Starbucks

A Yamaha upright piano hides
in the middle of Old Downtown,
invisible, decaying inside boxy streets
with frame moats of cobblestone.

Streets, hidden somewhere I can’t
clearly see, only night, orange lamps,
somewhere behind a warped wooden
fence, taller than me, not taller than you.

We grasp the top splinters, my foot
on a faucet hanging from the wall,
and when we land on the other side,
in the darkness is the piano surrounded

by thin white cedars, covered with sand
and Spanish moss but you don’t care.
Your fingers tap the muted keys the way
your fingers tap out the tamper from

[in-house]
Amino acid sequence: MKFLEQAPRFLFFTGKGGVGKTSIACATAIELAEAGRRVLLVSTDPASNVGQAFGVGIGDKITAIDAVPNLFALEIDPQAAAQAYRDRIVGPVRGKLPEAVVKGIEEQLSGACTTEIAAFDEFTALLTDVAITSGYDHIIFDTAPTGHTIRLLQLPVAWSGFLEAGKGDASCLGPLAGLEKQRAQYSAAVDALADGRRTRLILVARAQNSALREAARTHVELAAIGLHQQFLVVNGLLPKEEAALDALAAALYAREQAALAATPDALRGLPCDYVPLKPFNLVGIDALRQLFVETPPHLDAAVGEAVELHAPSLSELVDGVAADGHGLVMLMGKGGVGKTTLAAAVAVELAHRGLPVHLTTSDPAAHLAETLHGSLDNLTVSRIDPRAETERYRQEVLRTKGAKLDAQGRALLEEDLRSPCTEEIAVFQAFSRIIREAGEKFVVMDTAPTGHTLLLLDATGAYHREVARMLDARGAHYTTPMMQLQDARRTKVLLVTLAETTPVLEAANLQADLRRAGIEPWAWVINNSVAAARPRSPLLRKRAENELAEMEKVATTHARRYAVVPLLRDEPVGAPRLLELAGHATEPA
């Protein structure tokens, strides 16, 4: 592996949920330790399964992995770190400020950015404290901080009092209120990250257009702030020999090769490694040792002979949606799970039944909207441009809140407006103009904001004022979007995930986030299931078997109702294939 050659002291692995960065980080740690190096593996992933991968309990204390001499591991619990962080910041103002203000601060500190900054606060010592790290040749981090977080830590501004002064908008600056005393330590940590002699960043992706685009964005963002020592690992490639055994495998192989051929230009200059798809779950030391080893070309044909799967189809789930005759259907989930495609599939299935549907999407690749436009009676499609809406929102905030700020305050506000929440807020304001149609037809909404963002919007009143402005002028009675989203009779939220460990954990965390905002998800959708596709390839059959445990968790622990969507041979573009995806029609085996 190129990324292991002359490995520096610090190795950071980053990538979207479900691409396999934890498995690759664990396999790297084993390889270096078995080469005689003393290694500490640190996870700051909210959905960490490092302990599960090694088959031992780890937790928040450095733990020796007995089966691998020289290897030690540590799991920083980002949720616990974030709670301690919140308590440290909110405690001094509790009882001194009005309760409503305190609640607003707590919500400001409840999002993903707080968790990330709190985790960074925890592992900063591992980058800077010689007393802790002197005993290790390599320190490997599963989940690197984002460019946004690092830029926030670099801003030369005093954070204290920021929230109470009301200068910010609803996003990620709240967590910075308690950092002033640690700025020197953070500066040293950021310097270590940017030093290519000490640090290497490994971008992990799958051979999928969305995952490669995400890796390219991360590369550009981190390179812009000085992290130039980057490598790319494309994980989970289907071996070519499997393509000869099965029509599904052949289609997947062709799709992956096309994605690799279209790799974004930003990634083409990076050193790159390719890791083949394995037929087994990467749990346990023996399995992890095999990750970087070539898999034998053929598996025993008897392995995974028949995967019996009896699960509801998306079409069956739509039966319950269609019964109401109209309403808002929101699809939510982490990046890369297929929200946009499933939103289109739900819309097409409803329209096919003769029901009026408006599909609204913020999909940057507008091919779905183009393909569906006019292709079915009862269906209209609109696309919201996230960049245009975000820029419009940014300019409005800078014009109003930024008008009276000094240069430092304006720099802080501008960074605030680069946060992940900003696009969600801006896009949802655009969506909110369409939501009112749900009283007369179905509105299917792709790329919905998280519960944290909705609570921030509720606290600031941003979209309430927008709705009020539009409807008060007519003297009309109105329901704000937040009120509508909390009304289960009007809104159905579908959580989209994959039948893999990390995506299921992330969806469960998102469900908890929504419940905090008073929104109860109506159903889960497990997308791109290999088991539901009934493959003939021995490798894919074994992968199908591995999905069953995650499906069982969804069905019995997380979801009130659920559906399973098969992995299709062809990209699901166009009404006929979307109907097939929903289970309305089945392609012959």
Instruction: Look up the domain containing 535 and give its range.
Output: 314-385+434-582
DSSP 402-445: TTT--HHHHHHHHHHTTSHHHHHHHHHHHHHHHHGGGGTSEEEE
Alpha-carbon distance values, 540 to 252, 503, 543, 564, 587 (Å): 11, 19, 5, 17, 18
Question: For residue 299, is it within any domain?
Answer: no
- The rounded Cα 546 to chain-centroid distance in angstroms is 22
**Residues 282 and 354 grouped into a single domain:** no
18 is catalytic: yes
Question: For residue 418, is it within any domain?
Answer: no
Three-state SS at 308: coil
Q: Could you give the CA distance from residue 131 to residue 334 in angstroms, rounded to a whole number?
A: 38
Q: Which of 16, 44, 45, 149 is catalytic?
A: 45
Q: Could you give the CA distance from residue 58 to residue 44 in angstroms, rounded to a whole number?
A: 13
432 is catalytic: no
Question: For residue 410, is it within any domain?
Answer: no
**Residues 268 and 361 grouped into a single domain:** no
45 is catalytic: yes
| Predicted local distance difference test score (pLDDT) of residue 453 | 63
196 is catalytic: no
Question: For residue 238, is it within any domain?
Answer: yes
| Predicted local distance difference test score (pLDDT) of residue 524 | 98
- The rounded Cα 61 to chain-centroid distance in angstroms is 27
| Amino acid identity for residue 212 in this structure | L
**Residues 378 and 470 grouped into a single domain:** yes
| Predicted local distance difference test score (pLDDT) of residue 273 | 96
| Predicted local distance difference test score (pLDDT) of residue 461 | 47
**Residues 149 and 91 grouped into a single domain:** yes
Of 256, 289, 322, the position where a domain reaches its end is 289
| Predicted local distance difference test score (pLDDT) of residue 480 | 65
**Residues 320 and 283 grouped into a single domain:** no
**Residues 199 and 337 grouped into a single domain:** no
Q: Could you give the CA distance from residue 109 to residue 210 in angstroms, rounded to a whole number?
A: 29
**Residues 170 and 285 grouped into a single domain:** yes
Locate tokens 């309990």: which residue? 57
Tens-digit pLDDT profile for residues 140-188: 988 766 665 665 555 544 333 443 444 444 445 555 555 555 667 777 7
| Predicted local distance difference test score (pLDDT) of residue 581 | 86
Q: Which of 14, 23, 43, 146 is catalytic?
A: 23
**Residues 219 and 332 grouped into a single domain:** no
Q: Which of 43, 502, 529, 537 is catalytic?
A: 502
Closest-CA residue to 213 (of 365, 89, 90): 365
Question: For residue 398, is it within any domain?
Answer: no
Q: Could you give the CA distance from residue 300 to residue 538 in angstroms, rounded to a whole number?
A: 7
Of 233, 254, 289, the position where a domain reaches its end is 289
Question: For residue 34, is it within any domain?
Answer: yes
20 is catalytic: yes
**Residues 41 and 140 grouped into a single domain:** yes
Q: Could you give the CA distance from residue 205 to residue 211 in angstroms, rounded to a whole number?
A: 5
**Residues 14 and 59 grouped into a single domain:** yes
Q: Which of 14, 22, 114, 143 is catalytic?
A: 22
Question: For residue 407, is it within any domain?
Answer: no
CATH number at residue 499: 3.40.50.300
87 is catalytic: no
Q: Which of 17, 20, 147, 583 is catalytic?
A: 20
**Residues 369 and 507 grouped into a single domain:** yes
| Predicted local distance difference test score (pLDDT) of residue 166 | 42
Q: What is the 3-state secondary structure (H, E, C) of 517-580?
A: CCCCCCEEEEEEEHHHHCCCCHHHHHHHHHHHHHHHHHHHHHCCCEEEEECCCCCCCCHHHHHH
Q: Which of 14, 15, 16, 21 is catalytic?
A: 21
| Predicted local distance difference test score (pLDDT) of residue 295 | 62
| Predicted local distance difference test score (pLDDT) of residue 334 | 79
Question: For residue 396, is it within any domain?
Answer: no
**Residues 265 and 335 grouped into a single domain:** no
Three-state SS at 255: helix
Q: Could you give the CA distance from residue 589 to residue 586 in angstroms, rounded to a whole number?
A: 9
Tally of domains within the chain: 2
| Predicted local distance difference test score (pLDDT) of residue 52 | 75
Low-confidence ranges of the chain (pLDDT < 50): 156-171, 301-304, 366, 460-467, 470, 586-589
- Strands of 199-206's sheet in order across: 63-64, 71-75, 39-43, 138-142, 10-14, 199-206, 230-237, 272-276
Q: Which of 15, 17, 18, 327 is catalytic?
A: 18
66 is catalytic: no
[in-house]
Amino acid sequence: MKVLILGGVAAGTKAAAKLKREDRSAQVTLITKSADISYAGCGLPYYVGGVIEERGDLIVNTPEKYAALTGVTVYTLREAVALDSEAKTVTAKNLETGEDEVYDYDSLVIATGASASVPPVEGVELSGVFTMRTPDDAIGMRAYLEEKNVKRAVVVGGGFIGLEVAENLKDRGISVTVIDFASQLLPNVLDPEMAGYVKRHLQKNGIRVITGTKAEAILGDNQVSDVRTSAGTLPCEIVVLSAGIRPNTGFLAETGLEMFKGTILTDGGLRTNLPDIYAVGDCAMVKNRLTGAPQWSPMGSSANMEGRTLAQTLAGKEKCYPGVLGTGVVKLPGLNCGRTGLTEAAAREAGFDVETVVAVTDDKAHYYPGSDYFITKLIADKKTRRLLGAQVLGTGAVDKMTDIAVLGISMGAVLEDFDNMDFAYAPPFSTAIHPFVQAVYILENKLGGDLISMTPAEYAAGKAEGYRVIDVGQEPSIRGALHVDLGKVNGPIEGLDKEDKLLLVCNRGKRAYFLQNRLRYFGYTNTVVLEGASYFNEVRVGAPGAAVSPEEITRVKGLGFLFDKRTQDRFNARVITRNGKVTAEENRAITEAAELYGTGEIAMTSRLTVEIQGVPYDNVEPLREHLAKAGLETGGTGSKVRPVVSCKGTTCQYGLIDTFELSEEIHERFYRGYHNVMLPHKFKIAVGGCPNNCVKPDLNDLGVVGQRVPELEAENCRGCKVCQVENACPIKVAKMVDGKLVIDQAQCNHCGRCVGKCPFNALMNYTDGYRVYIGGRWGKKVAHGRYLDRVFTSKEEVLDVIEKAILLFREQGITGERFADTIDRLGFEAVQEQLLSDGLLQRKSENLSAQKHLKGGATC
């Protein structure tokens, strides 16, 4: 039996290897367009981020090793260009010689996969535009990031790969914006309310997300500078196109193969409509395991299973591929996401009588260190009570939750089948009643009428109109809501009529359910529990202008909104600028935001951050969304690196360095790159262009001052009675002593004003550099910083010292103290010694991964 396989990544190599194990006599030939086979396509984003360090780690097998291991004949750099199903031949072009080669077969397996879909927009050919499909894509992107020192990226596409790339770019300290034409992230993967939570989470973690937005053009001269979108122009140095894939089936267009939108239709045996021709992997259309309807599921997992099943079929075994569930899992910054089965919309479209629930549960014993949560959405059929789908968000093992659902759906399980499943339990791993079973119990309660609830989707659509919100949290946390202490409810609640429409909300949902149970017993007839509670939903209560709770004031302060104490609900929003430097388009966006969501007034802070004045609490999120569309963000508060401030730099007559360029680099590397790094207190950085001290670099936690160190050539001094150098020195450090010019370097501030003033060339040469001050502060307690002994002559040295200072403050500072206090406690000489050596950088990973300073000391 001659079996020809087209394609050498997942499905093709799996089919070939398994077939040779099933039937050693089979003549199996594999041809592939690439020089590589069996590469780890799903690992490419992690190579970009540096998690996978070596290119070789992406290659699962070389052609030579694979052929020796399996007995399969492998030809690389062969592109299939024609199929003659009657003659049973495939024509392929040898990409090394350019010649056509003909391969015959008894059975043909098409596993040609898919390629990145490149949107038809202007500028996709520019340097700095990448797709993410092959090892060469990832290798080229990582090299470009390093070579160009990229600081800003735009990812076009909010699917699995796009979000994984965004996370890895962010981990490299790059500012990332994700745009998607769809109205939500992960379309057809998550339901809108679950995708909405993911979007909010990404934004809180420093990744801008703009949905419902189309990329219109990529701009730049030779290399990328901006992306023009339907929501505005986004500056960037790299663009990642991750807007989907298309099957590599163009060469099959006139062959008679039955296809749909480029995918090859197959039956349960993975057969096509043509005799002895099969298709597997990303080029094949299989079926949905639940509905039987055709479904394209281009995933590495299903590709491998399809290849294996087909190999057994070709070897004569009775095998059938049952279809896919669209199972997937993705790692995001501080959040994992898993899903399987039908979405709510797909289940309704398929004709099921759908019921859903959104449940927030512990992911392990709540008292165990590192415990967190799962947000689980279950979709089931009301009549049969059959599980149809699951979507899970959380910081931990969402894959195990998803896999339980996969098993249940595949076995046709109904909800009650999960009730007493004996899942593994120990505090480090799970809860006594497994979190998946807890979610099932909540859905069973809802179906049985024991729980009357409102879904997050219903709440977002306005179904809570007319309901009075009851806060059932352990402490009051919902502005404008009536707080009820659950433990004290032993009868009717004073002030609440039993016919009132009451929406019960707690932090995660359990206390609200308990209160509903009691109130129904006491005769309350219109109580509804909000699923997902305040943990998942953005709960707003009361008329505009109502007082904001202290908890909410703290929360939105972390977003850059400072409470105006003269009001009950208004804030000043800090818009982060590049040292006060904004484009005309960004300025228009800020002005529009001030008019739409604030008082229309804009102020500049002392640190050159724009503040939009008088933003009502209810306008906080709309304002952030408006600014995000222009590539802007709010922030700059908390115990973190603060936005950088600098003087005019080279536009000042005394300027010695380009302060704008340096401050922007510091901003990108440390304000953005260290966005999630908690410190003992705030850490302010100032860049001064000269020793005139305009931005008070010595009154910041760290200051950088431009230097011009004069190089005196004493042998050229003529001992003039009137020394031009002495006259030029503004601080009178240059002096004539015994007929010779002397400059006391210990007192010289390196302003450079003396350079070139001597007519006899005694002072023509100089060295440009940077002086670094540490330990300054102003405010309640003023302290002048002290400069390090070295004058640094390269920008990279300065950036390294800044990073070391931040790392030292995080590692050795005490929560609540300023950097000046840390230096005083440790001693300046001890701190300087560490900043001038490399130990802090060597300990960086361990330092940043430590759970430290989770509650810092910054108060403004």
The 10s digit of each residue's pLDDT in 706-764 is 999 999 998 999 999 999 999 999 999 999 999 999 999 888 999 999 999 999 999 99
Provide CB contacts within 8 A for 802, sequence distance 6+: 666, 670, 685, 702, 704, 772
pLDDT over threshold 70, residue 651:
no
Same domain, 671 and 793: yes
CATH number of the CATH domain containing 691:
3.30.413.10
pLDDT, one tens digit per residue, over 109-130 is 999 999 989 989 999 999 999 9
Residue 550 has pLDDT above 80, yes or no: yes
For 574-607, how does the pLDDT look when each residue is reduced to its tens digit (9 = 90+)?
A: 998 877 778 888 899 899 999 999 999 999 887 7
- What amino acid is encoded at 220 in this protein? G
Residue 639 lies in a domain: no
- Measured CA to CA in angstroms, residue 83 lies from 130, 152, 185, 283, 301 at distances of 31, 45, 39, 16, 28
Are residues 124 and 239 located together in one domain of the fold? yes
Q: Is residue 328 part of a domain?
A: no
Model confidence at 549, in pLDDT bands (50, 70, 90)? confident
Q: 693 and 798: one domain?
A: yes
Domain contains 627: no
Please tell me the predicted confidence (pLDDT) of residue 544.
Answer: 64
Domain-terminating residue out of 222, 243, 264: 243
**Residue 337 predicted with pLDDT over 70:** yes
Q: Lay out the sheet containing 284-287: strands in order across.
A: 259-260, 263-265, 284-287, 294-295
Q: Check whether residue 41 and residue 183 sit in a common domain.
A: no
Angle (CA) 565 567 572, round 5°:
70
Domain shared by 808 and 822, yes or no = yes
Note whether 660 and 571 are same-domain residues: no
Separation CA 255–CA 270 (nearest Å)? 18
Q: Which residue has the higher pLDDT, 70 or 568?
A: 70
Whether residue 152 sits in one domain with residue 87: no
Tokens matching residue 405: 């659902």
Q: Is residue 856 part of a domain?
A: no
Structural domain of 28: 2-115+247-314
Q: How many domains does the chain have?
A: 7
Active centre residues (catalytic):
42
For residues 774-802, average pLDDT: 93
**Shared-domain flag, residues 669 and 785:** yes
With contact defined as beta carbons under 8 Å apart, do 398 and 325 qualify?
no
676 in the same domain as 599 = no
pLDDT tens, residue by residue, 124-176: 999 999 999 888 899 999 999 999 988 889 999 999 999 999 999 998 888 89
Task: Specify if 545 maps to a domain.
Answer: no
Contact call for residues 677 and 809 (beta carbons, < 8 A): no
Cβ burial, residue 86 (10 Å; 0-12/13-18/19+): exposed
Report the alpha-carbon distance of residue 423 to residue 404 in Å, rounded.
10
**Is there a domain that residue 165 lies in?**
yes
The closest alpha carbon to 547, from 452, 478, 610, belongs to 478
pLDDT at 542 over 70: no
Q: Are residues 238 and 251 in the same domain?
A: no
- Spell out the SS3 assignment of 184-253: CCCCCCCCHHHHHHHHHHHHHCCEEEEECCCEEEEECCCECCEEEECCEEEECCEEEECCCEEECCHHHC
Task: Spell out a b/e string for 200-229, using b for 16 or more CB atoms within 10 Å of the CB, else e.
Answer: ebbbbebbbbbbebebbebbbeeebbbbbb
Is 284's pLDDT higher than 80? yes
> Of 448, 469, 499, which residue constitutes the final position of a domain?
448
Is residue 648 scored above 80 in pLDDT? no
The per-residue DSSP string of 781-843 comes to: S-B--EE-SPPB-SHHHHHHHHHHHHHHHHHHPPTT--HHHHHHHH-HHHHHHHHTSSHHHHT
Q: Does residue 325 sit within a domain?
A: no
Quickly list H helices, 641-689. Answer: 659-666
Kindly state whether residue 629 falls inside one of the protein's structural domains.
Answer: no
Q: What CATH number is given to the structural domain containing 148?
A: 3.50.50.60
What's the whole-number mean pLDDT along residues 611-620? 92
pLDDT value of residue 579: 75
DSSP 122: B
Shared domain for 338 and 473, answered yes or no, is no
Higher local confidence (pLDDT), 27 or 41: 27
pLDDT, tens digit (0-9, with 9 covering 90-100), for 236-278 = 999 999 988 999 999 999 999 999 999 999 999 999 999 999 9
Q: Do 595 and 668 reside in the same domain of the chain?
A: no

the espresso machine, grounds caught
in our fingernails, sweet earth scent stuck
to hair. Don’t say it, but wish the piano
will play as loud as the lines in your palms,

your palms are hauling the ghost out
of the abandoned keyboard, weight
too much for us, but this isn’t a whale’s
story (or maybe it is…) There are so many

wonders you’re not born with: conical burrs
for the best cup of coffee, not born
with a spine, no light to find the secret
piano moaning names of lost figureheads.

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